For those of you who haven't yet trashed your VCRs

The Morocco Experience

An exciting deviation from the average travel documentary, this Lonely Planet production attempts to recreate the overall tone of their popular guidebooks and website. Hosted by an adventurous back-packer, we get to see first-hand what it's like to hitch-hike on a mountain farm truck, barter services and goods at the local markets, accept invitations from locals to join them for home-cooked meals, and even ride a camel. Throughout his journey, our host speaks with many fellow travelers representing a wide range of cultures, male and female, young and old. This is a terrific source for when planning a Moroccan escape, and an even better source when you just need a 47 minute escape in the comfort of your own home. The Morocco Experience is vicarious living at its finest.

Jonathan Rowe speaks on his 'thriller'

In case you missed local novelist and attorney Jonathan Rowe's talk at the library's 'Sunday Edition' program in January you can view his talk this week on local Community Access Cable Channel 17. Rowe discusses his Ann Arbor-based thriller A Question Of Identity, which recounts the tale of an overeducated, underachieving tabloid reporter on the trail of a fugitive 1960's radical. The program is also availabe from the library on DVD. The Cable TV broadcasts can be viewed on Tuesday, May 2 at 3:40 p.m.; Thursday, May 4 at 1:30 p.m.; Friday May 5 at 5:00 p.m.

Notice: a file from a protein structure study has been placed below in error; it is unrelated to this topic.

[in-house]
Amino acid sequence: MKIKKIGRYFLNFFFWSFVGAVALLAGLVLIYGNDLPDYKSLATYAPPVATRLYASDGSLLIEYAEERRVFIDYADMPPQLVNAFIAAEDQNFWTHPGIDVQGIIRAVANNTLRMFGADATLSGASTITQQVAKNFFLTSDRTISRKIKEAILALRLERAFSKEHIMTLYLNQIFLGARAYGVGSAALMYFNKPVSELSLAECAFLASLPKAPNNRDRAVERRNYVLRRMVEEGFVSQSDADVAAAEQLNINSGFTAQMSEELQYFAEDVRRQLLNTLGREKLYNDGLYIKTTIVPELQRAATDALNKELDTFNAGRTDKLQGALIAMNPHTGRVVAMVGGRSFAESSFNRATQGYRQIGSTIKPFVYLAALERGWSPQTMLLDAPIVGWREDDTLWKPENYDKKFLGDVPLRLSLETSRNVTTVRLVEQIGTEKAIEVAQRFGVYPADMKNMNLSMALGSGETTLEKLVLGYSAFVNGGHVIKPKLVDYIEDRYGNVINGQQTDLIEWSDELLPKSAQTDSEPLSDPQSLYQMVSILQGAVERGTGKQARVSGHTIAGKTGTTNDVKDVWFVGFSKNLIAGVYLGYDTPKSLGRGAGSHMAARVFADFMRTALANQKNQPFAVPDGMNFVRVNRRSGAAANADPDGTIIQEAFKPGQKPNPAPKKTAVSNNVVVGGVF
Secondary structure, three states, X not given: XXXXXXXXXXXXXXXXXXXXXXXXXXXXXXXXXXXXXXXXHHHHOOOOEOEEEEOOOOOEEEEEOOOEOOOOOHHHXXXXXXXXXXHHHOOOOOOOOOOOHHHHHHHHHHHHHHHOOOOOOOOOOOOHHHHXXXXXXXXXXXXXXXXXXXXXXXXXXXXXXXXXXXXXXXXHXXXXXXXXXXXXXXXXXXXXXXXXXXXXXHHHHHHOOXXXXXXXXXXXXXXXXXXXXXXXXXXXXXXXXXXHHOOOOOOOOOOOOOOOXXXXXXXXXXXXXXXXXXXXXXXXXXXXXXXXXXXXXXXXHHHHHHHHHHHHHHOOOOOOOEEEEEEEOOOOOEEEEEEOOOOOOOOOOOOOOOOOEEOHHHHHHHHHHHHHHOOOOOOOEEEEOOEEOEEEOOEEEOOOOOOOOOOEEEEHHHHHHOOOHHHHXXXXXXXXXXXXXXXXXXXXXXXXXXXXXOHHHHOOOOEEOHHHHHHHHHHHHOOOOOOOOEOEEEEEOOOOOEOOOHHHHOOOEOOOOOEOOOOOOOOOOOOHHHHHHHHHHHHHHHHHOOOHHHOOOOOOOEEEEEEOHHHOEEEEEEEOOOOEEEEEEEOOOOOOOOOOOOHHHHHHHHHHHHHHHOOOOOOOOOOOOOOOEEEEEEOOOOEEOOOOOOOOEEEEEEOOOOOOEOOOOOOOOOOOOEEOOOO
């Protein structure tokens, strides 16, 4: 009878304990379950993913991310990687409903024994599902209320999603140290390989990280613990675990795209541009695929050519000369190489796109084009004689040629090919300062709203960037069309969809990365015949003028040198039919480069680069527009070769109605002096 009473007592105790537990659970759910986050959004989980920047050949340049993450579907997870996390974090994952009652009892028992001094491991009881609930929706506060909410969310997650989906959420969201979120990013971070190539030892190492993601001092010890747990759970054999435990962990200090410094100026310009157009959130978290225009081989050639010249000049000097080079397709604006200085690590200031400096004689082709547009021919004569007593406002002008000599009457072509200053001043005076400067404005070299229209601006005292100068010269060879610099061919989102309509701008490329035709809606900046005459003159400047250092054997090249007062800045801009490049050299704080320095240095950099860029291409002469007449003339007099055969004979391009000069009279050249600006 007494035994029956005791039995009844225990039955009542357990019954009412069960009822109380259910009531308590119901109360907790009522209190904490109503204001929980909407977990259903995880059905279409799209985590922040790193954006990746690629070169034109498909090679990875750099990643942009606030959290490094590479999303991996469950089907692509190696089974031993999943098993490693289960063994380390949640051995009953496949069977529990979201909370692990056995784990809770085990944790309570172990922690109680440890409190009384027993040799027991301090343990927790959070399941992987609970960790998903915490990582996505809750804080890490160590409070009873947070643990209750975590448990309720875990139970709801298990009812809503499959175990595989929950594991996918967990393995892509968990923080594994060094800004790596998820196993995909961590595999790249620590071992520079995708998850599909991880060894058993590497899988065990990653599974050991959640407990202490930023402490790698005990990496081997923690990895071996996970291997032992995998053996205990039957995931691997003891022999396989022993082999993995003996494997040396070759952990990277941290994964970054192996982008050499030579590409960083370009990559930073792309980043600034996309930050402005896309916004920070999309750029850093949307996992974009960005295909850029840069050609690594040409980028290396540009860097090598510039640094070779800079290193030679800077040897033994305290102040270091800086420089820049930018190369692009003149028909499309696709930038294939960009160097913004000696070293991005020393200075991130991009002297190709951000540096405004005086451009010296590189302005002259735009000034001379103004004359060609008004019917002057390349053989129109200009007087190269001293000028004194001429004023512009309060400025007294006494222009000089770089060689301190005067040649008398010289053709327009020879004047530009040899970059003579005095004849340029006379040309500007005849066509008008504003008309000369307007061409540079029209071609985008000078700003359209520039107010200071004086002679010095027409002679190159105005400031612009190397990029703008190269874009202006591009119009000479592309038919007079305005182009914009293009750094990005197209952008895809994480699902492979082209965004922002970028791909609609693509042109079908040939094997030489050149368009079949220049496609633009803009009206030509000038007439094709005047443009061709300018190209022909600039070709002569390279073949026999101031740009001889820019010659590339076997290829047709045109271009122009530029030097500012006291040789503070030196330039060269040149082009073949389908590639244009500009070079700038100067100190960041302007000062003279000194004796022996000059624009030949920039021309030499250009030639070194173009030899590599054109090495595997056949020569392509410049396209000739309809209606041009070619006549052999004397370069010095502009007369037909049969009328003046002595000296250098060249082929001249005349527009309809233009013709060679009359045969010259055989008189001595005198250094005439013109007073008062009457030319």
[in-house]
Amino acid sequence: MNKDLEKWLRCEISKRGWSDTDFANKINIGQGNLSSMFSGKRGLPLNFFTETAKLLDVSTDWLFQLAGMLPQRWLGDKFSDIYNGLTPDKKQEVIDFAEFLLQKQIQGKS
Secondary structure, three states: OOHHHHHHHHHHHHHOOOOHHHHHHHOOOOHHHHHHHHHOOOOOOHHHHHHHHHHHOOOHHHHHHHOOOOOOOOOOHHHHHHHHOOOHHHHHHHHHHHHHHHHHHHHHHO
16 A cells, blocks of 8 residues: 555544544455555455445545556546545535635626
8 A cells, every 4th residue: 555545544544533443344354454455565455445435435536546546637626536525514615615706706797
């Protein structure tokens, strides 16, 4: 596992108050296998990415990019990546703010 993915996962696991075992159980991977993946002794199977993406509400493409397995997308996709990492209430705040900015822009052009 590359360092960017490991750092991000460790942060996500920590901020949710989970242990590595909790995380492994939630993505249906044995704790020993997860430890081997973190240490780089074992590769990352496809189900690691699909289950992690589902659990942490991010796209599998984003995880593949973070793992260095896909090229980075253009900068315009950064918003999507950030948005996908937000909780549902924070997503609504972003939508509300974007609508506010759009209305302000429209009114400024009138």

Fingersmith - A Victorian Thriller

BBC feature film Fingersmith, based on the novel (short listed for the Orange Prize and the Man Booker Prize in 2002) by Sarah Waters, is a Victorian thriller not to be missed.

The paths of Maud, a wealthy heiress and that of Susan, an orphan raised in a den of petty thieves (or fingersmiths) collide with devastating consequences and yet, a deep connection is forged that spell their redemption.
Beautiful period costumes, moody cinematography, and knock-your-socks-off plot twists made for 180 minutes of sensual viewing pleasure.

Check out Waters’ other titles Tipping the Velvet (in DVD); and her latest - The Night Watch.

In 2003, Granta magazine named Sarah one of 20 Best Young British Novelists.

Invisible Children

Lost Boys

Last Saturday night, some 600 area students were inspired by a film-in-the-making to stage a sleep-in outside Ann Arbor's city hall. The film is about the plight of children abducted, brainwashed and trained to fight in Uganda's 18-year-old civil war. University students organized the screenings and local sleep-ins as part of a "Global Night Commute". Until the film (currently in rough cut) makes its way into the AADL collection, you may want to check out the similarly themed Lost Boys of Sudan, last year's award-winning documentary about two orphaned Sudanese refugees from yet another devastating African civil war. This title, along with several other powerful films, is available at AADL through the Human Rights Video Project. Teachers, students and other local groups may arrange to borrow any of the titles on this list for a public screening. Check out a complete listing of titles and summaries.